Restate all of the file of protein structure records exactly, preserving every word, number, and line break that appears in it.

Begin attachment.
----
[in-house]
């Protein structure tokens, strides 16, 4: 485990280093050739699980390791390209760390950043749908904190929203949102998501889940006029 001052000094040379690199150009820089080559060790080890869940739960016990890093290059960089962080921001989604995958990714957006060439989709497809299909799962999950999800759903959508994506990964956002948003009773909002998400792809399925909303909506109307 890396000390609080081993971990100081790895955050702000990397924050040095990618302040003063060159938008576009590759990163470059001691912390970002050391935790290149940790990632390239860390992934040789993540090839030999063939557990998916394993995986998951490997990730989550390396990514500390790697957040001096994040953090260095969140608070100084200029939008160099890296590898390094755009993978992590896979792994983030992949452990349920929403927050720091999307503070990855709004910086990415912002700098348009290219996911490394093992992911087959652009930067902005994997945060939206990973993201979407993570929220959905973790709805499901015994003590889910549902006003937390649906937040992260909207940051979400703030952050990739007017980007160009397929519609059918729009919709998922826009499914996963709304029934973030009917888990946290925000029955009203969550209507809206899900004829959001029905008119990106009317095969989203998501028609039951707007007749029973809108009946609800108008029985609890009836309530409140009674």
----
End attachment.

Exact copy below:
[in-house]
């Protein structure tokens, strides 16, 4: 485990280093050739699980390791390209760390950043749908904190929203949102998501889940006029 001052000094040379690199150009820089080559060790080890869940739960016990890093290059960089962080921001989604995958990714957006060439989709497809299909799962999950999800759903959508994506990964956002948003009773909002998400792809399925909303909506109307 890396000390609080081993971990100081790895955050702000990397924050040095990618302040003063060159938008576009590759990163470059001691912390970002050391935790290149940790990632390239860390992934040789993540090839030999063939557990998916394993995986998951490997990730989550390396990514500390790697957040001096994040953090260095969140608070100084200029939008160099890296590898390094755009993978992590896979792994983030992949452990349920929403927050720091999307503070990855709004910086990415912002700098348009290219996911490394093992992911087959652009930067902005994997945060939206990973993201979407993570929220959905973790709805499901015994003590889910549902006003937390649906937040992260909207940051979400703030952050990739007017980007160009397929519609059918729009919709998922826009499914996963709304029934973030009917888990946290925000029955009203969550209507809206899900004829959001029905008119990106009317095969989203998501028609039951707007007749029973809108009946609800108008029985609890009836309530409140009674």